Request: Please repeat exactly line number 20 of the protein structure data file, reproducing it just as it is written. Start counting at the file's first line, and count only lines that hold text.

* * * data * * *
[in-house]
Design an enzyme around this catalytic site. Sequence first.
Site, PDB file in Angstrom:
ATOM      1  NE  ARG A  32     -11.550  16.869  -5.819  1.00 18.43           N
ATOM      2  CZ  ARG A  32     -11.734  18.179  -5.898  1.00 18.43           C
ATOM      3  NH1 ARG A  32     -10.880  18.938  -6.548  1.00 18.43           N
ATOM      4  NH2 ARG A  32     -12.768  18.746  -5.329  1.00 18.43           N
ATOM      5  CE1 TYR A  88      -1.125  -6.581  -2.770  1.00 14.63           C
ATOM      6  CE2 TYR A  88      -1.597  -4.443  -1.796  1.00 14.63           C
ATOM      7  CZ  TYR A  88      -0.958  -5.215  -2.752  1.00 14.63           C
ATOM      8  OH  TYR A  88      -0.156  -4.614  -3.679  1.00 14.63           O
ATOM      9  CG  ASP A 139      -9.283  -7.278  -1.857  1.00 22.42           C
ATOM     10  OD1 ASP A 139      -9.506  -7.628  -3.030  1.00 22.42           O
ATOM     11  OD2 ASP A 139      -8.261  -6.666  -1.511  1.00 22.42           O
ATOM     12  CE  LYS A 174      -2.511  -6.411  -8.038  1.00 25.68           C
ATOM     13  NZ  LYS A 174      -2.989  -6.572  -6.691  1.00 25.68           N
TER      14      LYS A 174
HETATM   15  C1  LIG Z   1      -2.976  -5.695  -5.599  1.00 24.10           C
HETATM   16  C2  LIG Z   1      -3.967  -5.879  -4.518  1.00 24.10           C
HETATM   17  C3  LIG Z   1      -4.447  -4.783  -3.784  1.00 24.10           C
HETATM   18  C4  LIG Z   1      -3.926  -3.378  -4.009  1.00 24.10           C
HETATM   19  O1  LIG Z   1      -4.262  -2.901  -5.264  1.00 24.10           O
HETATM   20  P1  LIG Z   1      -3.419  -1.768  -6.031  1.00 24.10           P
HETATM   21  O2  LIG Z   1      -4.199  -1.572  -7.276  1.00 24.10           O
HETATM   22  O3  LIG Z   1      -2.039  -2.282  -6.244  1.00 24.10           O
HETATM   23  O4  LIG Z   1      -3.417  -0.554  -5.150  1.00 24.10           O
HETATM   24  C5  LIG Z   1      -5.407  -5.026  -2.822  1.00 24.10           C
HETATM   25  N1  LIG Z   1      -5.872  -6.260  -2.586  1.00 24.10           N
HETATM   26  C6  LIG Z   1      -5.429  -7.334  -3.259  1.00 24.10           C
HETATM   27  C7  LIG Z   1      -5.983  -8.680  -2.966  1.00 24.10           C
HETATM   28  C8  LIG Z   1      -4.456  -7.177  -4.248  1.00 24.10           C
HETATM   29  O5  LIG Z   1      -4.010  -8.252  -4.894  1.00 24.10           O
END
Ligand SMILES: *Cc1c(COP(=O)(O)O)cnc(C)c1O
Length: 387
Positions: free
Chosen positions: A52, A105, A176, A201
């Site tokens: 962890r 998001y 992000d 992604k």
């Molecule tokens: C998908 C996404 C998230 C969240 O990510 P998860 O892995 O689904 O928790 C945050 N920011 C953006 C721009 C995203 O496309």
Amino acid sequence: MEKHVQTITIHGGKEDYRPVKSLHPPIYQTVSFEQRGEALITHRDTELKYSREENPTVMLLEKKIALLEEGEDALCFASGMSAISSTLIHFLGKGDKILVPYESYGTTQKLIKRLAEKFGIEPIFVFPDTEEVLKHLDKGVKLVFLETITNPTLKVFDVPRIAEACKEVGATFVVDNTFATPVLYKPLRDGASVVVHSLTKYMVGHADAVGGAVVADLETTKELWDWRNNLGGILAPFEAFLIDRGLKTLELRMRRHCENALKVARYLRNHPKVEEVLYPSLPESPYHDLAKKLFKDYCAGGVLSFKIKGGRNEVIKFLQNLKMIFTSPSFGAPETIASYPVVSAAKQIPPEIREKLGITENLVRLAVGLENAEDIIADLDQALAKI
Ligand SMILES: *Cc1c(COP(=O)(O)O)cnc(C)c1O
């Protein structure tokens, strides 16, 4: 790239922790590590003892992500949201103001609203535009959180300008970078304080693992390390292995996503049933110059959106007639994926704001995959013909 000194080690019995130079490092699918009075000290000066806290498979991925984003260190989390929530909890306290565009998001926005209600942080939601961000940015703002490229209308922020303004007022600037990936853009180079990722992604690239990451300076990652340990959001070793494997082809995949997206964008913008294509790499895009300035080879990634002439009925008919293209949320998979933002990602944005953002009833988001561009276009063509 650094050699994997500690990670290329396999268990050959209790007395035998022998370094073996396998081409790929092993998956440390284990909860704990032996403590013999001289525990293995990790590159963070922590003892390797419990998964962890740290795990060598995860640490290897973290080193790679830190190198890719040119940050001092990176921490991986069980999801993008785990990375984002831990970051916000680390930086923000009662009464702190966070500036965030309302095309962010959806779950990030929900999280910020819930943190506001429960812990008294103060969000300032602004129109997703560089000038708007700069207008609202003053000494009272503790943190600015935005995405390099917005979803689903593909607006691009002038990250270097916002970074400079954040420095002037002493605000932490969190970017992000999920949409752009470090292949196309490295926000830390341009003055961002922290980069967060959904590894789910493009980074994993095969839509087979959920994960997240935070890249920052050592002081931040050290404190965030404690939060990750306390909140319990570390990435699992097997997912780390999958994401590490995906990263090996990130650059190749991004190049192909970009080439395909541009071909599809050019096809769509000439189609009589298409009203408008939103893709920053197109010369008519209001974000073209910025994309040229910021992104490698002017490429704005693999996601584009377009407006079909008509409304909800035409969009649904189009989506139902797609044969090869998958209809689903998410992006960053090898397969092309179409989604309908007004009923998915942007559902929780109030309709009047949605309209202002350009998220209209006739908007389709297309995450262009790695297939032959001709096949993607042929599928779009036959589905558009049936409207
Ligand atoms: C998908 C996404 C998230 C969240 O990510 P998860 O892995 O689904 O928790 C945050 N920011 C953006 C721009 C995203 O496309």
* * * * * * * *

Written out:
HETATM   17  C3  LIG Z   1      -4.447  -4.783  -3.784  1.00 24.10           C